GAWÈHE (Degawehe, Gawickie, Goweaaey, Goweah, Koé, Kouée, Koweahe, baptized Pierre), chief councillor of the Wolf clan of the Oneidas. His official title in the Iroquois federal council may have been Deyo’ha’gwen de’, meaning Through the Opening or Open Voice; d. c. 1 June 1766 at Fort Stanwix (near Rome, N.Y.).
Gawèhe took an active part in the Seven Years’ War. He is first recorded in 1756 as an intelligence courier for Sir William Johnson*, the superintendent of northern Indians. During the abortive campaign against the French fort at Niagara (near Youngstown, N.Y.), he was commissioned lieutenant by Major-General William Shirley.
In the early stages of the war a majority of Iroquois doubted an English victory, and the Oneidas feared a French attack. Although Gawèhe professed continued allegiance to England, he took the precaution of keeping communications open with Canada. Encouraged by Johnson to pass a war belt through the Confederacy, the Oneida chief instead accepted a French invitation to a conference at Montreal with Governor Pierre de Rigaud* de Vaudreuil, where he declared his fidelity to the French. In 1757 he made frequent trips to François Picquet*’s mission of La Présentation (Oswegatchie, now Ogdensburg, N.Y.) and to Montreal, once delivering to Vaudreuil an offer of an alliance from dissident German settlers in the colony of New York. A possibility exists that Gawèhe was secretly acting in the English interest, for Johnson continued to pay him for services rendered; more likely he was assessing for the Iroquois the military strength of both European powers.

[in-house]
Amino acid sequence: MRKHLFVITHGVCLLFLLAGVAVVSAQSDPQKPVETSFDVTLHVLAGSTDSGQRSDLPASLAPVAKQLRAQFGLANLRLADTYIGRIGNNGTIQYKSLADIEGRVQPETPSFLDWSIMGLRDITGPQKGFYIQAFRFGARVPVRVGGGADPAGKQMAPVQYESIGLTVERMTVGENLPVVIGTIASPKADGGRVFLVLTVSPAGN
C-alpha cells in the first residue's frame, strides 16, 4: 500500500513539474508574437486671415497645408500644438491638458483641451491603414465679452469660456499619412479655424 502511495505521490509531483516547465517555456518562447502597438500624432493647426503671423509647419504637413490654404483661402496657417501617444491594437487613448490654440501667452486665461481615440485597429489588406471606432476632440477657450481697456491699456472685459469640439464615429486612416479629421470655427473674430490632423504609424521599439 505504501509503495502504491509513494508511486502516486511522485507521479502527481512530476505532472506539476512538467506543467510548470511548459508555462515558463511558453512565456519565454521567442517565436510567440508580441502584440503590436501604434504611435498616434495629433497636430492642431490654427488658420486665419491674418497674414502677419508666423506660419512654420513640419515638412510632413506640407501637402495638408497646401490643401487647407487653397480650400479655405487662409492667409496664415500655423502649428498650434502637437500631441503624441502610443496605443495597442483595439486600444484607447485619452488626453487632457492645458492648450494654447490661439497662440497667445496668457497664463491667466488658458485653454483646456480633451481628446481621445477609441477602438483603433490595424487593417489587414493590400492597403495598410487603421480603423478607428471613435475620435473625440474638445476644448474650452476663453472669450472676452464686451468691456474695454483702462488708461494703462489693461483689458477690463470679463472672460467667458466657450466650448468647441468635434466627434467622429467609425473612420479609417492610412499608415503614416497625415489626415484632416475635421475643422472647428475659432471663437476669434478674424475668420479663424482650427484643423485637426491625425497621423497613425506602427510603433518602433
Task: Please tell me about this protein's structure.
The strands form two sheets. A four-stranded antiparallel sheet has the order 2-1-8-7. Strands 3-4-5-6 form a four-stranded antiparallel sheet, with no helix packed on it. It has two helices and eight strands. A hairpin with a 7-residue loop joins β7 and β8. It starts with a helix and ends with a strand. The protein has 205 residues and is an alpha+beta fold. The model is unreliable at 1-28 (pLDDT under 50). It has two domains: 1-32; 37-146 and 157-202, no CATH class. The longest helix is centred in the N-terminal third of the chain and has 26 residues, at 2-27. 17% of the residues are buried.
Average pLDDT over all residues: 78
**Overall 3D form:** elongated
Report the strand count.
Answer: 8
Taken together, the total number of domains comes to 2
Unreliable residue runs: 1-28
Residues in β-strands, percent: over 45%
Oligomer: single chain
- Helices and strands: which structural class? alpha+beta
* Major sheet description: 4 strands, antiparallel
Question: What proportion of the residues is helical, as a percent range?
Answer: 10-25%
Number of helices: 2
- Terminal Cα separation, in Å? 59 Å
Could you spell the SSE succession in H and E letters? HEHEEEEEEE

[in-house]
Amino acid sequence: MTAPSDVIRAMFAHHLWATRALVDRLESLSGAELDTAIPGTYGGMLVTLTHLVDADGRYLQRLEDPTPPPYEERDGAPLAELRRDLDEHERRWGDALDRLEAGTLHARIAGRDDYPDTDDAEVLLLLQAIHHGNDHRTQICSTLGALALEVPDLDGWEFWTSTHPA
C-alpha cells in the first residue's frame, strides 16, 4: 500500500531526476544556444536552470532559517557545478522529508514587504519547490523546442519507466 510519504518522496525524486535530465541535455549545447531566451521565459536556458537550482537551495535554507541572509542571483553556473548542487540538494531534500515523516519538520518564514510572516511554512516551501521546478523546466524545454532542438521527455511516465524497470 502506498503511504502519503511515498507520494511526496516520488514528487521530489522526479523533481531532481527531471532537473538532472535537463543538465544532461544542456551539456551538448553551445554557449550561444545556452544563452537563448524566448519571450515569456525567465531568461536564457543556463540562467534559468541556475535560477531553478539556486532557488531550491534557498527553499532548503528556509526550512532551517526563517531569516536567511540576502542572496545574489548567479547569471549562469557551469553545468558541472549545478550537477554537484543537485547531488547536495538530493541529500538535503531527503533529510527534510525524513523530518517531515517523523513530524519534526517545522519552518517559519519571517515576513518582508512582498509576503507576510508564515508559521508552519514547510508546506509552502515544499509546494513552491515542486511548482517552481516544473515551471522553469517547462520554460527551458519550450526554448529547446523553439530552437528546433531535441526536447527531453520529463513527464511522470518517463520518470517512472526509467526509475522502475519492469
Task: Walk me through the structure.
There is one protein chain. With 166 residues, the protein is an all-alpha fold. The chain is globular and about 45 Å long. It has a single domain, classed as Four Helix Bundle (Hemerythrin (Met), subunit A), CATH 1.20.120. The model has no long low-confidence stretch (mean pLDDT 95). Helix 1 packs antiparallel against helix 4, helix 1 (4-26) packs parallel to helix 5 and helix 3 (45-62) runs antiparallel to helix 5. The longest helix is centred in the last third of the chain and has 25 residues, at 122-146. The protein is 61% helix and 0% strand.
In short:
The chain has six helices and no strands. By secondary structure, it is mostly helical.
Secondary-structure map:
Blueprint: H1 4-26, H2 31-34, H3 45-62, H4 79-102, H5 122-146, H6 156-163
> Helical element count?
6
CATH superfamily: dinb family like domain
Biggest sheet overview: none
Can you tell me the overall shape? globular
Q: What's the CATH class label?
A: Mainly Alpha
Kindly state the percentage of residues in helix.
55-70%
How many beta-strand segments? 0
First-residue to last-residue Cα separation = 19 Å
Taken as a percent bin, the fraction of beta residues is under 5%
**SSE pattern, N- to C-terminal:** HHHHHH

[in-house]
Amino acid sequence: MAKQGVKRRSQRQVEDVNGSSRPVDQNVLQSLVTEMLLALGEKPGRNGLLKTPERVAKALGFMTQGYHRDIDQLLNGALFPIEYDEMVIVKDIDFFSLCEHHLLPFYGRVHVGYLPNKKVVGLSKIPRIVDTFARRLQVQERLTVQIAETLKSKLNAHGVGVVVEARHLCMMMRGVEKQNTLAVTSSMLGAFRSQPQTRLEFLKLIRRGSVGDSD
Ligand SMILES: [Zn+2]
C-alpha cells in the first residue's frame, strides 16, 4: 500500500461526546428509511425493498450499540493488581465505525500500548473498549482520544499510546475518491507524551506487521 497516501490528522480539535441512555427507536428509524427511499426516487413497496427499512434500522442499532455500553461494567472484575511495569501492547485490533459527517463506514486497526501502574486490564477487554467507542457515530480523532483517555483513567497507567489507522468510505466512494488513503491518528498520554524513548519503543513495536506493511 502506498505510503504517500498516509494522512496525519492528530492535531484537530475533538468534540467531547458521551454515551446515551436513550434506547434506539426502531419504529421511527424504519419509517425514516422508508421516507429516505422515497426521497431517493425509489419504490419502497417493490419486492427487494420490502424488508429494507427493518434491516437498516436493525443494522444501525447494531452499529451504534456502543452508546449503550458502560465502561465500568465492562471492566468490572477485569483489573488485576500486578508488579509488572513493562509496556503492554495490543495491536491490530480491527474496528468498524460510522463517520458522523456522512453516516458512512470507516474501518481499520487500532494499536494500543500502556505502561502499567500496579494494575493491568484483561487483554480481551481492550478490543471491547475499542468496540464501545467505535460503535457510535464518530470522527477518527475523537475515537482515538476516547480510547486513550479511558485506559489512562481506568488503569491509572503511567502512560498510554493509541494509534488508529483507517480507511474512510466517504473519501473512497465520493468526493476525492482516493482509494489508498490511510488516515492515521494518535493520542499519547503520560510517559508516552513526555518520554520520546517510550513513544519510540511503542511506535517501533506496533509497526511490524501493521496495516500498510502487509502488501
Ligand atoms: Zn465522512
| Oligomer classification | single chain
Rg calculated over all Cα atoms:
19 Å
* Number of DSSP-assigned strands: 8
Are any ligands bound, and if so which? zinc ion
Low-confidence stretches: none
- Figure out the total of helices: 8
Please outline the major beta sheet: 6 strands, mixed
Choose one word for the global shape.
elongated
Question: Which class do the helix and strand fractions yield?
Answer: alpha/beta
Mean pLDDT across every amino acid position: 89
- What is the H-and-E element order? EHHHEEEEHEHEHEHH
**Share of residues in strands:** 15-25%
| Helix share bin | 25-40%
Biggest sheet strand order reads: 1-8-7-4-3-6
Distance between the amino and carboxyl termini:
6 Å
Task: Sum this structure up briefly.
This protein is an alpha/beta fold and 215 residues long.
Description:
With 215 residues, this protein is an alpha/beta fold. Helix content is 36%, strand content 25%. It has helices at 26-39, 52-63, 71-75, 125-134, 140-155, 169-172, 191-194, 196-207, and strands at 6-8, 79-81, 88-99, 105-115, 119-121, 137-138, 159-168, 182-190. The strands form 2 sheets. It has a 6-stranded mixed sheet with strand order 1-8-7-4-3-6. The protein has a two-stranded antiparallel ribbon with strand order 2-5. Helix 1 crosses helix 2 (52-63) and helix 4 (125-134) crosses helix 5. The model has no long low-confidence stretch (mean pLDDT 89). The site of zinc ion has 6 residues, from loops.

By 1760 England was completing its conquest of Canada, and Gawèhe joined Major-General Jeffery Amherst*’s drive on Montreal. He continued working for the English during the unrest inspired by Pontiac in 1763 and 1764, supplying Johnson with intelligence on the western Indians. When he died in 1766, possibly of a bayonet wound received in a drinking brawl, Johnson accepted responsibility for his family and provided presents for the condolence ritual.
Inv. des papiers de Léry (P.-G. Roy), III, 8, 10. Johnson papers (Sullivan et al.) NYCD (O’Callaghan and Fernow), VII, 151–52, 232; VIII, 240; X, 461–65, 499–518. W. N. Fenton, The roll call of the Iroquois chiefs; a study of a mnemonic cane from the Six Nations reserve (Washington, 1950), 60.